Summer Style Pet Peeves


At Christmas I provided readers with a seasonal treat; a glimpse into the world of my bias, my style pet peeves and personal partialities. Now that it is summer, new sprouts of prejudice eat away at my fragile patience. For the summertime may well be a time for natural beauty but there are some awful human errors that stain the summer landscape. Such blunders hardly go unnoticed. I remember last summer, reading countless articles in newspapers and glossy supplements, pleading with style-conscious wives and girlfriends not to let their sartorially challenged husbands and boyfriends make an embarrassment of them, and poor old Blighty, when they step onto the continent. For nowhere is it more apparent that they are tagging along with a chap with all the grace and elegance of a squashed plum than among the elite of the destination they choose for a European holiday where, they are able to compare, side by side, how other men dress in warm climes; how they manage to look calm and cool despite the heat and humidity and how they manage to look chic and inventive despite their perching atop monuments anciens, relaxing after a rocky climb.

‘Technical’ sandals

This is the childish title I have long used for those Velcro sandals that, for me, characterise the Northern European on holiday. I can accept that they are useful and certainly comfortable footwear but that is all I can say for them. To me they are the most hideous lumps you can attach to your feet. They are juvenile and graceless and have those terrible logos and ridiculous model names like ‘Source’ or ‘Xtreme.’ The way the straps wrap around the foot is neither appealing nor flattering; it is like one is preparing one’s foot for a rollercoaster. I remember being in Pompeii recently and seeing a family of four all wearing the wretched things. Though sandals were an appropriate choice for the dusty streets and terrain of the ancient city, wearing such ugly versions seemed almost sinful in a place that possessed such glorious beauty.

‘Clam diggers’

Mistakenly referred to as the ‘men’s Capri pant’, the ‘clam diggers’ have neither the shape nor the refinement. When I see someone wearing them, from a distance it looks as if they are wearing makeshift trousers fashioned from fishing nets or jute sacking which, in actual fact, would at least possess more charm than the toggled ugliness of the real ‘clam diggers.’ Unlike the Capri pant, the mere clam digger trouser swings awkwardly around the calves unless the toggles are used, pulling the material crudely into the skin. Either way, it is difficult to see how anyone has designed these and had approval of the aesthetics. I would even call their practicality into issue. Their name is derived from the real ‘clam diggers’ – people who would stand in shallower water and literally dig for clams, the small depth of water requiring them to roll up their trousers, or chop them off completely. However, they are rarely used so practically. They are now worn as a summer fashion trouser – something between shorts and proper trousers. Why? The mind boggles.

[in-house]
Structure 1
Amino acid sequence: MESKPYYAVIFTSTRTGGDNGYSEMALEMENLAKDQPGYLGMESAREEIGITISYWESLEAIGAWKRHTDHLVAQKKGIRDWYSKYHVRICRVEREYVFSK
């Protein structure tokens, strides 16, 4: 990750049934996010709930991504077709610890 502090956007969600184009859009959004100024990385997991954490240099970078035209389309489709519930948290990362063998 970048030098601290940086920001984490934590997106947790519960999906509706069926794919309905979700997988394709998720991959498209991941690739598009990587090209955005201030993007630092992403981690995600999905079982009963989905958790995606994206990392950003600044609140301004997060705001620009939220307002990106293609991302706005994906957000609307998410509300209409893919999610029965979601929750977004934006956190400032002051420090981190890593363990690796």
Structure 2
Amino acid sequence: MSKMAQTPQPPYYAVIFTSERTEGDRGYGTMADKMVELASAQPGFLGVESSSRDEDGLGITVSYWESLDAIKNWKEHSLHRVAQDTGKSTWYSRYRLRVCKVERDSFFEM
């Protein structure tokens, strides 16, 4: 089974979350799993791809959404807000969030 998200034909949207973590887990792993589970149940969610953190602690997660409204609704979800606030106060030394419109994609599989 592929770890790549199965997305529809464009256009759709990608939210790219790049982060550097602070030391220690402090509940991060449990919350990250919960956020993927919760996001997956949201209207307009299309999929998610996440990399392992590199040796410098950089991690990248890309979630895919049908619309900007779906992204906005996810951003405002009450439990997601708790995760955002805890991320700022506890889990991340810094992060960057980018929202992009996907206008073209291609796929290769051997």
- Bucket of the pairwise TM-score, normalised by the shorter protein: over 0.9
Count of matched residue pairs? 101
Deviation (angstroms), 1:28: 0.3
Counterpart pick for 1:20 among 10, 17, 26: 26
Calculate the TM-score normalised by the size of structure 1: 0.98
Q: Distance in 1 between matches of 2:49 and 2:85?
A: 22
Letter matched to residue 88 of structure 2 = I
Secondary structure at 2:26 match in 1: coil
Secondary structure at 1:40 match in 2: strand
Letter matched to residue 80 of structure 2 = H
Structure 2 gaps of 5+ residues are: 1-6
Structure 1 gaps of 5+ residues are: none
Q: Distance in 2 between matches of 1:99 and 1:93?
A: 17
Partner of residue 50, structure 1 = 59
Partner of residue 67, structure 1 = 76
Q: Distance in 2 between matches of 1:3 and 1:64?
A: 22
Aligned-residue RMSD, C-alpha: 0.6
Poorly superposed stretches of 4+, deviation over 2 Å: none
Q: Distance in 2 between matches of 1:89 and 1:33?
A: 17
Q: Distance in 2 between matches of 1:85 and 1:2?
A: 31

The third gross faux pas, as far as summer fashion is concerned, is the propensity for certain men to wander around streets and boulevards with nothing on their backs but lashings of sun cream. A shirt or t-shirt might swing from their belt loop but they think nothing of shuffling around streets at home and abroad exposing their sweating torso. Despite what they might think about people passing them glances of admiration, the shock of seeing such an exposure of flesh away from the swimming pool or beach is considerably shocking. The overall effect is always of a man ‘half-dressed’; all onlookers willing them to possess the decency to put a damn shirt on their backs.


Winston Chesterfield is an amateur composer, fashion blogger, trained lawyer and style aficionado. He lives in Westminster, London and blogs at


  1. I apologise to all readers, but I have made an error; the phrase “…the shock of seeing such an exposure of flesh away from the swimming pool or beach is considerably shocking” does not make sense. A shock, in itself, is scarcely shocking – otherwise a mere ‘shock’, one that is not described as ‘shocking’ would be misrepresentative. For it would be a shock without ‘shock’.

    However, I digress. It should read “…the shock of seeing such an exposure of flesh away from the swimming pool or beach is considerable.”

  2. Nicola Linza says:

    This piece is a great follow-up to your last, they play off each other. I’ll say I can’t stomach those hideous sandals that look like rubber wraps, or tire straps, for the feet. I used to own a great pair of leather Roman inspired sandals, by Charles Jourdan that I bought in California in the 1980s, alas no longer around. Those are the only type I think I’d wear today. And also, as for the apology to all, it was certainly not necessary, but I’ll personally say appreciated, nontheless. Nicola

  3. Alan Culpitt says:

    Oh I couldn’t agree more about men wearing a shirt in public. Maybe we should form a political party who’s election manifesto includes a bill to make such a thing illegal?